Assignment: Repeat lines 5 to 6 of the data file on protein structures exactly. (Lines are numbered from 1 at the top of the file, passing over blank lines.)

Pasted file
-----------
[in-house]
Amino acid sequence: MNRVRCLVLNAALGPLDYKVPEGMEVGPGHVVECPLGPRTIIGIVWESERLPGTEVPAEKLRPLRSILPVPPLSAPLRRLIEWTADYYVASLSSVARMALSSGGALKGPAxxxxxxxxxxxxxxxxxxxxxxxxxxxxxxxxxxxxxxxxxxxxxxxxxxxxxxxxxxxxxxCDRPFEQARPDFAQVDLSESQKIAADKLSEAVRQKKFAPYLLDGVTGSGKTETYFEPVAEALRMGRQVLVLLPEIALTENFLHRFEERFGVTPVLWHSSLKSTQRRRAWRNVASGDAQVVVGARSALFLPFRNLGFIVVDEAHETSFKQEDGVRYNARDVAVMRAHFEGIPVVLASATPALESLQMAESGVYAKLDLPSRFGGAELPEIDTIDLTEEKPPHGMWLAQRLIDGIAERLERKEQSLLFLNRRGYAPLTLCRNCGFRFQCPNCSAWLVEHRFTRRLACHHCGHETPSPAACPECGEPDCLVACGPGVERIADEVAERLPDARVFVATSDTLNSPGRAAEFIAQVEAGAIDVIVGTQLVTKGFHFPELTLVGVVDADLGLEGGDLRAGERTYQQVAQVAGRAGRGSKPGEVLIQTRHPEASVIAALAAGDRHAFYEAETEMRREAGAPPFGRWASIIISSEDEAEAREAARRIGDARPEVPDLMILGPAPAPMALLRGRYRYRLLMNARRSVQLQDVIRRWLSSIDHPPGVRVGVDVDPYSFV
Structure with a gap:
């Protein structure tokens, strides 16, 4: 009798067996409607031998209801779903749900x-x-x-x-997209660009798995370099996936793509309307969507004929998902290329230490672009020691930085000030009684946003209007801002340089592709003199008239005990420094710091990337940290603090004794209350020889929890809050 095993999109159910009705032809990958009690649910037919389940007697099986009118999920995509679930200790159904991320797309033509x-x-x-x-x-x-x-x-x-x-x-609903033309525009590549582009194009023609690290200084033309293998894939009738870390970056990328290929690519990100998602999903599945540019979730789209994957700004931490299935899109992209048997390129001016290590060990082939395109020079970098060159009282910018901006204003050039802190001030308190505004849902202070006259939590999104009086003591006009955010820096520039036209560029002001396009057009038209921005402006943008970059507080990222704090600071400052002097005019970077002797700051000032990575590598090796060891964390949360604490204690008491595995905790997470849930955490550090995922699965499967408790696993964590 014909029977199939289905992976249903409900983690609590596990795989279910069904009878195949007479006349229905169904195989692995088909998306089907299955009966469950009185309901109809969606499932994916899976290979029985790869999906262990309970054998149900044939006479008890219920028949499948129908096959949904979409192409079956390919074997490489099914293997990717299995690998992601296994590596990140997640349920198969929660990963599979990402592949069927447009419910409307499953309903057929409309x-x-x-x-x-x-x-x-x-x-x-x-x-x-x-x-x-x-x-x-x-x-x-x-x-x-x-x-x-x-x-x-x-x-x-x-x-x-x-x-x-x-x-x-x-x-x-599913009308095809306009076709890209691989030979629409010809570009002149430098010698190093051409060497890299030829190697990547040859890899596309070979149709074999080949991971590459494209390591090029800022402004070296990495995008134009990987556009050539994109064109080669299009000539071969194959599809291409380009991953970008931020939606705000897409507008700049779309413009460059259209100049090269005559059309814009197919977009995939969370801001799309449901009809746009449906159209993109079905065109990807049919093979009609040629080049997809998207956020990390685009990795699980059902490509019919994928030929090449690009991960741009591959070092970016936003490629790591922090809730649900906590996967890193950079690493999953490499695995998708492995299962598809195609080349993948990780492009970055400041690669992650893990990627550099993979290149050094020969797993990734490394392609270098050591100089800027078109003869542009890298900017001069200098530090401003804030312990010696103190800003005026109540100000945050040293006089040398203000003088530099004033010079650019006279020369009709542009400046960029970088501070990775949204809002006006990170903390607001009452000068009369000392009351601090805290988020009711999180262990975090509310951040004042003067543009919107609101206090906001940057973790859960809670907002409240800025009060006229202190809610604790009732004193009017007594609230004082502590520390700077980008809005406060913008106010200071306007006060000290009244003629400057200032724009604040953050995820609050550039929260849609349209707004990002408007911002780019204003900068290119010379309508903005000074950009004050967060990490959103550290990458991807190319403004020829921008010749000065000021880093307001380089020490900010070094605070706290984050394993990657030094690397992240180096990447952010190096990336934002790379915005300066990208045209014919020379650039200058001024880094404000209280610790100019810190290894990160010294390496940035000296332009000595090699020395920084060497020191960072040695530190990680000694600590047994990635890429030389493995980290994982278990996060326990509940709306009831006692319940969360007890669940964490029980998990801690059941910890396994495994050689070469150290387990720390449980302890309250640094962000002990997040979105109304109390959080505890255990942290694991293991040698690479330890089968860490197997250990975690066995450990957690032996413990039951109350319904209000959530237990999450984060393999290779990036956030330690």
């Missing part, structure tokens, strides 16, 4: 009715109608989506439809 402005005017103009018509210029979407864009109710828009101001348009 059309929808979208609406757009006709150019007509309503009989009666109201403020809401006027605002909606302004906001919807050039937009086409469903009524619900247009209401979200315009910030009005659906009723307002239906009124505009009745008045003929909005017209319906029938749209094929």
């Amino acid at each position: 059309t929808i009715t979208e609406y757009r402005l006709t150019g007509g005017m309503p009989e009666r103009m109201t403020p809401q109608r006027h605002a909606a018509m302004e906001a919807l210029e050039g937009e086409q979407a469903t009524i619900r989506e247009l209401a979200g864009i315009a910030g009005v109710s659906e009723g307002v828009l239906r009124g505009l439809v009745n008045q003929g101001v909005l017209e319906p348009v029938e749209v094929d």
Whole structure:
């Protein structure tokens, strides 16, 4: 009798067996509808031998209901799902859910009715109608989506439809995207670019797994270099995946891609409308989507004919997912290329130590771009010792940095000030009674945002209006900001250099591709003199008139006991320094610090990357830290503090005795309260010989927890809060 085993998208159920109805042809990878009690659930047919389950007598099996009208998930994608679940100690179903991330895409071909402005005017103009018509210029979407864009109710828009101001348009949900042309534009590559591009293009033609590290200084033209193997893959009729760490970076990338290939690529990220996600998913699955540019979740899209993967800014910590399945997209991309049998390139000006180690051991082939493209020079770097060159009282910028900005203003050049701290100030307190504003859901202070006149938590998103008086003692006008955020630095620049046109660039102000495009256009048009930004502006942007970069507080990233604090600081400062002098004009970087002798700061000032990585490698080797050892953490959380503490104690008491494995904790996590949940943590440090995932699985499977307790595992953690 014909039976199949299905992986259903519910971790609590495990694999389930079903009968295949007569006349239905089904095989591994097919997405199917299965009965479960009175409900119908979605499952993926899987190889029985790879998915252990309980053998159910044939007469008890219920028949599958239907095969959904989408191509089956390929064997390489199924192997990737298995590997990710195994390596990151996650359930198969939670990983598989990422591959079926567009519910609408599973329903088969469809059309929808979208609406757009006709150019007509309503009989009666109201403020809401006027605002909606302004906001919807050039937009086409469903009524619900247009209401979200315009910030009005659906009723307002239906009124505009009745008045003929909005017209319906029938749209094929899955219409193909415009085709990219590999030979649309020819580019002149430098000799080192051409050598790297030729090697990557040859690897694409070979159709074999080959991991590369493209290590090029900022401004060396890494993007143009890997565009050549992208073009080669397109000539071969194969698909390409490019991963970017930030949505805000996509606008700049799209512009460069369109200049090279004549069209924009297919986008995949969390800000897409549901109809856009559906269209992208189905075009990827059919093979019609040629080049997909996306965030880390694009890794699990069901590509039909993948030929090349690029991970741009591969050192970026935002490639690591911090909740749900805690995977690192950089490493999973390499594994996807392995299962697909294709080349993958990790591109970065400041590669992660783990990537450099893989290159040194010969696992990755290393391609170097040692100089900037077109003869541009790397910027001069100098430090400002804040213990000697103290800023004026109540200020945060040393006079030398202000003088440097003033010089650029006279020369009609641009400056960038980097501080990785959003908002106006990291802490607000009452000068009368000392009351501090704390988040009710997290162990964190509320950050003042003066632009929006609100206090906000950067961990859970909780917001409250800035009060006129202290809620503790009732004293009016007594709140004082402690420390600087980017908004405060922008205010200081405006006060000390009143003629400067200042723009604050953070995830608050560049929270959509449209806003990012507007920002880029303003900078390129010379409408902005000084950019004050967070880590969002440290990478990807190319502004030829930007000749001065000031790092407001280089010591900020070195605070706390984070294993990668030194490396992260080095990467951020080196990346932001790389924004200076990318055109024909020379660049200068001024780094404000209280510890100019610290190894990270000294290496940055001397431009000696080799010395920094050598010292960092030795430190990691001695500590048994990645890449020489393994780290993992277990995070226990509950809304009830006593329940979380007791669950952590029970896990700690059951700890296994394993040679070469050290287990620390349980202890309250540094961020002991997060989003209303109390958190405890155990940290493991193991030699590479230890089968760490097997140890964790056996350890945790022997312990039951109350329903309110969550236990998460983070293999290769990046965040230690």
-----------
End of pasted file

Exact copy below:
């Missing part, structure tokens, strides 16, 4: 009715109608989506439809 402005005017103009018509210029979407864009109710828009101001348009 059309929808979208609406757009006709150019007509309503009989009666109201403020809401006027605002909606302004906001919807050039937009086409469903009524619900247009209401979200315009910030009005659906009723307002239906009124505009009745008045003929909005017209319906029938749209094929």
């Amino acid at each position: 059309t929808i009715t979208e609406y757009r402005l006709t150019g007509g005017m309503p009989e009666r103009m109201t403020p809401q109608r006027h605002a909606a018509m302004e906001a919807l210029e050039g937009e086409q979407a469903t009524i619900r989506e247009l209401a979200g864009i315009a910030g009005v109710s659906e009723g307002v828009l239906r009124g505009l439809v009745n008045q003929g101001v909005l017209e319906p348009v029938e749209v094929d």